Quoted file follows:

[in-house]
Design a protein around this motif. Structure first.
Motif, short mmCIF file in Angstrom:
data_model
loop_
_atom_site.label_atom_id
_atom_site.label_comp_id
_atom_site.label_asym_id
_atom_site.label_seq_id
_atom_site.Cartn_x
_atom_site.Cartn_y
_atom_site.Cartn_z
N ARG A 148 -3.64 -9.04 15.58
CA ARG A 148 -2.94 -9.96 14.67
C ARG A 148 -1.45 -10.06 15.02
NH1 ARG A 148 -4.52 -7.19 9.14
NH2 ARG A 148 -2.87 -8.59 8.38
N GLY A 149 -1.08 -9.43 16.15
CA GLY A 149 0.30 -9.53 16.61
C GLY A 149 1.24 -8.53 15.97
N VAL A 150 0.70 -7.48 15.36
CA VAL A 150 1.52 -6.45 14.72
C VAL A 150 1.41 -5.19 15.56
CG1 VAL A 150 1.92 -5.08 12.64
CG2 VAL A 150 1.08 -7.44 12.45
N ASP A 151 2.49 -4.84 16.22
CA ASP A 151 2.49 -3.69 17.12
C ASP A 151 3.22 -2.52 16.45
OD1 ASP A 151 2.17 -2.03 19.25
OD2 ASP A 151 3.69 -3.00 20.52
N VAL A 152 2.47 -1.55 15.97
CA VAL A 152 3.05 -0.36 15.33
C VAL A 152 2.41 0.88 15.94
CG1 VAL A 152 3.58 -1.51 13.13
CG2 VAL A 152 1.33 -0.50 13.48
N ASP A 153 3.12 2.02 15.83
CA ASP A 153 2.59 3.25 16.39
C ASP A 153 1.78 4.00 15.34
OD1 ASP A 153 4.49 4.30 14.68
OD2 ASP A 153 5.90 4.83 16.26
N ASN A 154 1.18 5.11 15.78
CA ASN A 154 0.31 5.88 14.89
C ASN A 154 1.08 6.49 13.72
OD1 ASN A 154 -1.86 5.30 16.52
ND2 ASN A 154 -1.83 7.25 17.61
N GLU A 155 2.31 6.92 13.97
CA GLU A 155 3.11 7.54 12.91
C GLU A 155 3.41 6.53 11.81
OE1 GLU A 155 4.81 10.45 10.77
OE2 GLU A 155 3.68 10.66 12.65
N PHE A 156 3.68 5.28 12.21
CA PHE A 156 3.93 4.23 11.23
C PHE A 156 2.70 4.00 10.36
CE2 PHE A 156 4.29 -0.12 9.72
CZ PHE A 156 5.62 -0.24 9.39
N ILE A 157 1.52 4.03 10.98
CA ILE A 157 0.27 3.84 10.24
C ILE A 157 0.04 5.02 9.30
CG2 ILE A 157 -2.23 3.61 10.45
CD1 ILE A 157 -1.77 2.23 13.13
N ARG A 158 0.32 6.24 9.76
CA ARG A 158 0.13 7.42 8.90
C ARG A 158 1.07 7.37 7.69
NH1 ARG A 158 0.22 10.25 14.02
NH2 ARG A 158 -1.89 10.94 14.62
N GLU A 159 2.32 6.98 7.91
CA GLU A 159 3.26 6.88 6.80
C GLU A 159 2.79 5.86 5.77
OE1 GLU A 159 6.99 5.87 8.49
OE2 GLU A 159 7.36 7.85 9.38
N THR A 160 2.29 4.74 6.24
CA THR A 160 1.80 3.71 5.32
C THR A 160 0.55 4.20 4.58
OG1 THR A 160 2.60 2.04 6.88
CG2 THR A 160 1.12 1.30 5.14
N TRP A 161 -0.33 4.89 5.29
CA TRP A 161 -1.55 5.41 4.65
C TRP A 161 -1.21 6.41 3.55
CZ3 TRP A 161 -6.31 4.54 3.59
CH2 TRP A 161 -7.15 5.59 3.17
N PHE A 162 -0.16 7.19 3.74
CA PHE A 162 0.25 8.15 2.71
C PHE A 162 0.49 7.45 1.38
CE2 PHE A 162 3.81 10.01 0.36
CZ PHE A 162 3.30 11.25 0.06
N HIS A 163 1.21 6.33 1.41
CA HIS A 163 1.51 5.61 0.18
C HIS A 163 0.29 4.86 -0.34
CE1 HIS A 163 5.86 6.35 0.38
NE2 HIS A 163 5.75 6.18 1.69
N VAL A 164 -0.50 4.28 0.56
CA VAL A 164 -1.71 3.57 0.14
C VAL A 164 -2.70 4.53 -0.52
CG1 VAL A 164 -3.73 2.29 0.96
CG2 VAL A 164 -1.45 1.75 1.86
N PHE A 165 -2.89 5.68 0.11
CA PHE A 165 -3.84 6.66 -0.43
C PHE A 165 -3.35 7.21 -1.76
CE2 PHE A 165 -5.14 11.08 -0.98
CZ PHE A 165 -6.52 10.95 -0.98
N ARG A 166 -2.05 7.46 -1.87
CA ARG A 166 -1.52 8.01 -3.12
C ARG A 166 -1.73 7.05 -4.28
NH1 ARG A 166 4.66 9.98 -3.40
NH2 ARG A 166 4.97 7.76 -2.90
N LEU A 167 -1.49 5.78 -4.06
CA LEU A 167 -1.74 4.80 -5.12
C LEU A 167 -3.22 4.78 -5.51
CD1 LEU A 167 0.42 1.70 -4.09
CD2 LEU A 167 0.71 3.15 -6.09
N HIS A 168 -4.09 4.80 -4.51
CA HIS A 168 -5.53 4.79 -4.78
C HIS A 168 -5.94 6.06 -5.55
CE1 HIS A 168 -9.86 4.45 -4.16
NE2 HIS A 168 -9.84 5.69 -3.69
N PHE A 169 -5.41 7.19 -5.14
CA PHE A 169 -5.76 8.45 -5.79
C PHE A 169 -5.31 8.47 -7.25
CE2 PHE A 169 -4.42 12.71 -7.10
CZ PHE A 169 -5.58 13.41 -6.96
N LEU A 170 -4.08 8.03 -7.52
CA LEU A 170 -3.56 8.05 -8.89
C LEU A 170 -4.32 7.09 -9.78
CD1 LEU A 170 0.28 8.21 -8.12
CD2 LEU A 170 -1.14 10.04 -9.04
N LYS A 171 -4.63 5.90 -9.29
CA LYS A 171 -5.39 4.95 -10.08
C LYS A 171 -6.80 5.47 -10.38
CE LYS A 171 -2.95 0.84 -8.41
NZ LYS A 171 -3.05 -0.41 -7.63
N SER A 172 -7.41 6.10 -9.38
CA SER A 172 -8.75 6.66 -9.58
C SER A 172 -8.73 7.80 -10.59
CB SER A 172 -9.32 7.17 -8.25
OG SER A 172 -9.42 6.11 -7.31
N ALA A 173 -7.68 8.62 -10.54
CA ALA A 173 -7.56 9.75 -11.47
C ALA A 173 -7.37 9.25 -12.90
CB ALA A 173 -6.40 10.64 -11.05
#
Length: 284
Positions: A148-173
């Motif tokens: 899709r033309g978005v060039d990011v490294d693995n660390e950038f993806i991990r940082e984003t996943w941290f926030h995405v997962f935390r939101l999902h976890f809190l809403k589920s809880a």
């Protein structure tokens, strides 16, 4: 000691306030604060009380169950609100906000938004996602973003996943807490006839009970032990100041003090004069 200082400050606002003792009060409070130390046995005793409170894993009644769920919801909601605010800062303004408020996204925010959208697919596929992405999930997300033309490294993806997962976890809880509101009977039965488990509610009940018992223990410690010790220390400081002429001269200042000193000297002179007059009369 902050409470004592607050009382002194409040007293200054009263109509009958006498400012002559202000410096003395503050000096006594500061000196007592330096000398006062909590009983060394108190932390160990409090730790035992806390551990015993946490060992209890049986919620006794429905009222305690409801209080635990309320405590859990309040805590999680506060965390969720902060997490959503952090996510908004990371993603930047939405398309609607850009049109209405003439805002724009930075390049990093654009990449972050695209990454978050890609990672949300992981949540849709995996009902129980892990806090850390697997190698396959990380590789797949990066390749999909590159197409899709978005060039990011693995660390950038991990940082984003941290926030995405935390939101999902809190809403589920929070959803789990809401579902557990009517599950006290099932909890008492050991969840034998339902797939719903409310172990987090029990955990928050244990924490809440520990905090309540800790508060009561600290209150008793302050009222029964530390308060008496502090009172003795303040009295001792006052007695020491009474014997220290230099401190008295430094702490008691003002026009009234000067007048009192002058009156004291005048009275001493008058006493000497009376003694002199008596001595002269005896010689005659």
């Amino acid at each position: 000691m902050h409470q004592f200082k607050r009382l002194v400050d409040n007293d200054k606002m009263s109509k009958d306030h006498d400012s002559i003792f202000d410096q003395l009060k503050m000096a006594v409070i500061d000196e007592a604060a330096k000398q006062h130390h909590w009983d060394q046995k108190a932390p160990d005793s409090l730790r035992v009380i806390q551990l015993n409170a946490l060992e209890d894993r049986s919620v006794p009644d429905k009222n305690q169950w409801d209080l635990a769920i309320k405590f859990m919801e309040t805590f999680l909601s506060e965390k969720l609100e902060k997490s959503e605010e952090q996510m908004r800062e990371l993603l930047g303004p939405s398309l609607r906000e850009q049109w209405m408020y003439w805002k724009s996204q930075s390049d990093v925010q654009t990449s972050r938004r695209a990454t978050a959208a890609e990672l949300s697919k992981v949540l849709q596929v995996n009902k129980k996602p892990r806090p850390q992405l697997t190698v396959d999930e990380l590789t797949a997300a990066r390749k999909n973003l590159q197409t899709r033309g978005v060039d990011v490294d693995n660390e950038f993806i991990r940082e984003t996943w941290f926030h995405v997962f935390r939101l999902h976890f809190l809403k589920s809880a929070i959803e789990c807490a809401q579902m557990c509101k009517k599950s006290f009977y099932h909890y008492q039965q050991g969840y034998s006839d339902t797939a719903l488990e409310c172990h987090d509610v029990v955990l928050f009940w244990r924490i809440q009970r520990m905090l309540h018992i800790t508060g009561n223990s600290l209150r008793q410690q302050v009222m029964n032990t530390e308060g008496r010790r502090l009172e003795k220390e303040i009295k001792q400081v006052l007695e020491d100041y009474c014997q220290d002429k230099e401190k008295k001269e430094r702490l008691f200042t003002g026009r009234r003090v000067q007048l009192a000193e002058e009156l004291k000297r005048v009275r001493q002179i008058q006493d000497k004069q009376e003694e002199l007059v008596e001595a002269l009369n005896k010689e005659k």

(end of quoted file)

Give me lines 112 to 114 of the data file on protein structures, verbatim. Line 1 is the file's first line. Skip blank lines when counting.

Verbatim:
CA HIS A 168 -5.53 4.79 -4.78
C HIS A 168 -5.94 6.06 -5.55
CE1 HIS A 168 -9.86 4.45 -4.16